Barista Magazine

JUN-JUL 2019

Serving People Serving Coffee Since 2005

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Page 80 of 103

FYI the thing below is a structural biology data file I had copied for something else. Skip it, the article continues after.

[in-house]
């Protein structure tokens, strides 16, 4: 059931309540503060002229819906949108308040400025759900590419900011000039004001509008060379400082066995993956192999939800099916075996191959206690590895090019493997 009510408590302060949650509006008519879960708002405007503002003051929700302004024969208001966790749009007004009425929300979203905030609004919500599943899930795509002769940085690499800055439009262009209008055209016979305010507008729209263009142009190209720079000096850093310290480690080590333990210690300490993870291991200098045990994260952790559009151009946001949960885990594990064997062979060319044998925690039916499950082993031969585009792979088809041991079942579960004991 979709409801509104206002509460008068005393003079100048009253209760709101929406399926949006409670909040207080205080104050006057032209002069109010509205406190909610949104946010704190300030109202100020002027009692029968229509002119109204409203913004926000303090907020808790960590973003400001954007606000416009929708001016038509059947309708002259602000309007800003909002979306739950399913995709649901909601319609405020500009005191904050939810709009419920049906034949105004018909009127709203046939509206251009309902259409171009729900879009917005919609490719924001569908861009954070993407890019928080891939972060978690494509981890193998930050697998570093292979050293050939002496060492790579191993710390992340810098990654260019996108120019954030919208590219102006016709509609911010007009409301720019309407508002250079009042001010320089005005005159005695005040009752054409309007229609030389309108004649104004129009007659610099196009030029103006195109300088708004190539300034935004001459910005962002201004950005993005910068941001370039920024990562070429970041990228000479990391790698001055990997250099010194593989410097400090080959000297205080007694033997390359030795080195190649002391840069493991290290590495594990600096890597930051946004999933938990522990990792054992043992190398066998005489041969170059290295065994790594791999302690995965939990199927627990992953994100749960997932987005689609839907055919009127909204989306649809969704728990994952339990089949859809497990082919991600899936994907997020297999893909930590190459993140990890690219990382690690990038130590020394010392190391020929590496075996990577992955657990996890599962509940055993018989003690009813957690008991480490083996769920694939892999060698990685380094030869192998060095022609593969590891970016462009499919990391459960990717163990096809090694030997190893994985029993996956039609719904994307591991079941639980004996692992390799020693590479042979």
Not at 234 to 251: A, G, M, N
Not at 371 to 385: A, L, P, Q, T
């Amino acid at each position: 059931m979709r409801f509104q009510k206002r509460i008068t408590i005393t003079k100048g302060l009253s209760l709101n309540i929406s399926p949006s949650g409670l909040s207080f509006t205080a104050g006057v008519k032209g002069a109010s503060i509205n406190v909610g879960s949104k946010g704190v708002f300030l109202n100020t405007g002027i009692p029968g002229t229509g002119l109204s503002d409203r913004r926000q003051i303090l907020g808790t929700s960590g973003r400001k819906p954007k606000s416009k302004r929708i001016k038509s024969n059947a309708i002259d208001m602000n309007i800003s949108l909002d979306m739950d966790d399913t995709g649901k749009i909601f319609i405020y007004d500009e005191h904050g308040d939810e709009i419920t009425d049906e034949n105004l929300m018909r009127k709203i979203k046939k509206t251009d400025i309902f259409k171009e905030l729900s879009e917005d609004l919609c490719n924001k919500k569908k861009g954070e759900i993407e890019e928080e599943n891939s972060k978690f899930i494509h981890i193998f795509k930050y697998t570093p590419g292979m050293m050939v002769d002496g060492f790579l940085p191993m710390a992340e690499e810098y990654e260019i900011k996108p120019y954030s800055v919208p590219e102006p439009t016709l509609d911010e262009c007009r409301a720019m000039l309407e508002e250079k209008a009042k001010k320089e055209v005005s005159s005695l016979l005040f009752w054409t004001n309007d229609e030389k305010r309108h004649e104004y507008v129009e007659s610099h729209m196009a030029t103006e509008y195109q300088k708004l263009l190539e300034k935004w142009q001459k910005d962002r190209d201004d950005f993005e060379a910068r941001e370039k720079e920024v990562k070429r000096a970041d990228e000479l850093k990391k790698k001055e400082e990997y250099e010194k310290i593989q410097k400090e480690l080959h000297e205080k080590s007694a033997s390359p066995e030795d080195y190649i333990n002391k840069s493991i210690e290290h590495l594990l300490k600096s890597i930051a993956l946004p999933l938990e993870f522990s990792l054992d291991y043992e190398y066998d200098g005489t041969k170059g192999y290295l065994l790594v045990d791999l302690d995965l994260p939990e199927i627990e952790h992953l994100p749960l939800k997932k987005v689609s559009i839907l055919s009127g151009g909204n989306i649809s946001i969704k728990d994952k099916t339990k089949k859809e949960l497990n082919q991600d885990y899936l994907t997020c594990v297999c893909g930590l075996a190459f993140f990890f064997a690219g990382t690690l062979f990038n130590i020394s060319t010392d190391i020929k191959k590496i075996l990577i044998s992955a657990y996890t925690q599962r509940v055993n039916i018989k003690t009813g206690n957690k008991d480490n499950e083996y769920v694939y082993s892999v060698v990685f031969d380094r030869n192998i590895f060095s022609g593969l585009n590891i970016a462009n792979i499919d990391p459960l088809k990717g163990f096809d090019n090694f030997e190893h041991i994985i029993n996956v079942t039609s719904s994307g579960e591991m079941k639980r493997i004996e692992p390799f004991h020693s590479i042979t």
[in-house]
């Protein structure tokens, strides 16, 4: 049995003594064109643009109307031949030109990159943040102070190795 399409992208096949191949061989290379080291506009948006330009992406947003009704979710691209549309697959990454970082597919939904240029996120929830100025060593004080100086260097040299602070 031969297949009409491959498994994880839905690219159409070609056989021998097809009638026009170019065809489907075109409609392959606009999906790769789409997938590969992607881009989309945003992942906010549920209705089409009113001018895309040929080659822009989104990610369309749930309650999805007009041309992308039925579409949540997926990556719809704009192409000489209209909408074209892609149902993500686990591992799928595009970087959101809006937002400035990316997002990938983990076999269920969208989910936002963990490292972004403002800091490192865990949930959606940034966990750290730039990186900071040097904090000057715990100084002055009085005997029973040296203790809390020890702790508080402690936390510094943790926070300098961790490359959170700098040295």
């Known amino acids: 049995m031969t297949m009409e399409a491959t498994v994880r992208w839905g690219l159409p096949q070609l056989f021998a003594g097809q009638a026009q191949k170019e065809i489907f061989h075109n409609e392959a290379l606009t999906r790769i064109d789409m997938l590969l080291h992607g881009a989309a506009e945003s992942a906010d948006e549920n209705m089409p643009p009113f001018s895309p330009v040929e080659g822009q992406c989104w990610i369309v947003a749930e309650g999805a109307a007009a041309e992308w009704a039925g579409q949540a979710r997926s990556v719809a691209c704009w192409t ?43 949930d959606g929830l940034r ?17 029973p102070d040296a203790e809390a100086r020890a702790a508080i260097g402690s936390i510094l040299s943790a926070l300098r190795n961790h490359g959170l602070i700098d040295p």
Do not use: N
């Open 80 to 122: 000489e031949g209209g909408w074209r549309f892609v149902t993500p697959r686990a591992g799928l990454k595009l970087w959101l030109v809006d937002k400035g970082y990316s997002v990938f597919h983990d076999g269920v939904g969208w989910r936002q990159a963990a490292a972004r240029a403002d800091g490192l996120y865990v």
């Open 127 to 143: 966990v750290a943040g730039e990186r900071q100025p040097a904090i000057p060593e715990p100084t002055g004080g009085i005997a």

Holding ke les Over time, holding kettles while making pourovers can cause similar issues throughout the arm as the other stresses caused by repetitive coffee-equipment usage. However, it's a little trickier to neutralize than some of the others. "Holding kettles is a slightly challenging thing," says Maxwell. "The full weight of a kettle is often off-balance and supported by your wrist. There are some kettles that are more ergonomically oriented than others, so test out a few if possible." Make sure to have smaller-hand- ed workers test these, as they're likely to have the hardest time. The technological options are to use batch brew instead of offering pourovers or to use a single-cup brewer such as the Curtis Gold Cup, Poursteady, or Marco's latest hot-water towers. Retrieving and pouring milk Milk jugs are heavy and often involve repeatedly reaching down into a fridge and lifting while off-balance, making strain or injury very easy. Maxwell offers a few solves at minimal cost. "Storing milk on the counter and eliminating the need to reach into a reach-in fridge is a big one—you can purchase ice wells for both in-counter and free- standing applications and store milk and other high-use chilled items [such as] iced coffee, chai concentrates in those." He also recommends reducing the size of the containers used (half-gallon containers vs. full gallons), or even decanting into more ergonomic and visually appeal- ing vessels if your volume will allow for it. Standing Standing for long periods can cause serious long-term injury to the spine, hips, legs, and feet, and can even have ramifi cations higher up the body. "Never underestimate the power of a fl oor mat," says Kendra. "Not only does it help safeguard against slips, but it also provides cushion and support that a concrete or hardwood fl oor will not." Maxwell agrees, and also adds that shoes can play a big role. He advises baristas to prioritize comfort over fashion: "Get a pair of supportive shoes with nonslip soles. They keep you safe and comfort- able—you can even fi nd some stylish ones." Counter height Counter height is a diffi cult obstacle to mitigate simply because baris- tas come in all shapes and sizes, including heights. "The optimum counter height for someone who is 5 feet tall and someone who is 6 feet 2 inches are very different," says Maxwell. "Standard height counters for A.D.A. accessibility are good for strik- ing a reasonable balance." He also recommends keeping step stools and other tools available for folks on the smaller end of the spectrum and keeping frequently used items in the middle point between the highest and lowest areas. Reminders and tools In addition to the ergonomic measures themselves, application is key. "A lot of the main pain points can be mitigated by ergonomic training and positive rules around safety," says Maxwell. It's crucial not only to institute positive educational measures around safety, but to also create policy that systematically discourages unsafe behavior, as well. "Ergonomics are entirely free to implement," he adds. "Implementing rules is free, too!" Kendra strongly recommends baristas get in the habit of stretching before or at the beginning of shifts. "In just fi ve minutes, baristas can work through a series of short but effective stretches. Focusing on proper posture and stretching your shoulders, arms, hands, wrist, knees, and hips can help mitigate the wear and tear of routine barista technique. We integrated short stretches in our training manual a couple years ago, and I love starting a training session with fi ve min- utes of stretches. It sets the tone and energizes the trainee, [and also makes] them feel cared for." Occupational therapist Marcia would love to see companies not just offer training but also post reminders and diagrams detailing how to stand for hours, how to properly pull a shot, and more. "There are ways to do these physically rigorous jobs without wrecking your body," she says. "But often, nobody who studies bodies is being brought in to study the motion, understand the patterns common in all who do that motion, and give them new cues for the job." She also wants to see more trainings include recovery tools such as resting positions, self-myofascial-release techniques, and soaking in hot water and Epsom salts. "There are certainly things that can be done industrywide that would make things better via design, but you are still on your feet, using your voice, and repeating the same motions with arms all day," she says. "So giving baristas information about their bodies is a much bigger deal than their work space." In addition to all of these measures, it's important to make sure baris- tas rotate positions throughout the day. Preventing constant repetition of the same tasks is key in preventing repetitive motion injuries. ACCIDENTS + MEDICAL EMERGENCIES, & FATIGUE Slips, falls, burns, and other medical emergencies To navigate inevitable accidents like slips, falls, and burns, make sure as many people as possible on the fl oor at any given time are well- versed in fi rst aid, what to do in a medical emergency, and how to handle a workers' comp situation from the moment of injury. Service fatigue It's very easy to get emotionally burned out working in service (see Emily Orendorff 's inspiring essay on the topic on page 83). Part of the job is interacting with tens to hundreds of people each day, being not only courteous but actively pleasant. That can take a toll especially when customers are disagreeable, or when baristas have extra stress on their plate outside of work that might make it harder to keep up the facade. "Designated breaks shouldn't be a groundbreaking perk to a barista "We try to ensure that our staff knows that the level of hospitality we require can be draining and that it's OK to have to take a break from guest-facing positions from time to time." —Maxwell Mooney, Narrative Coffee 81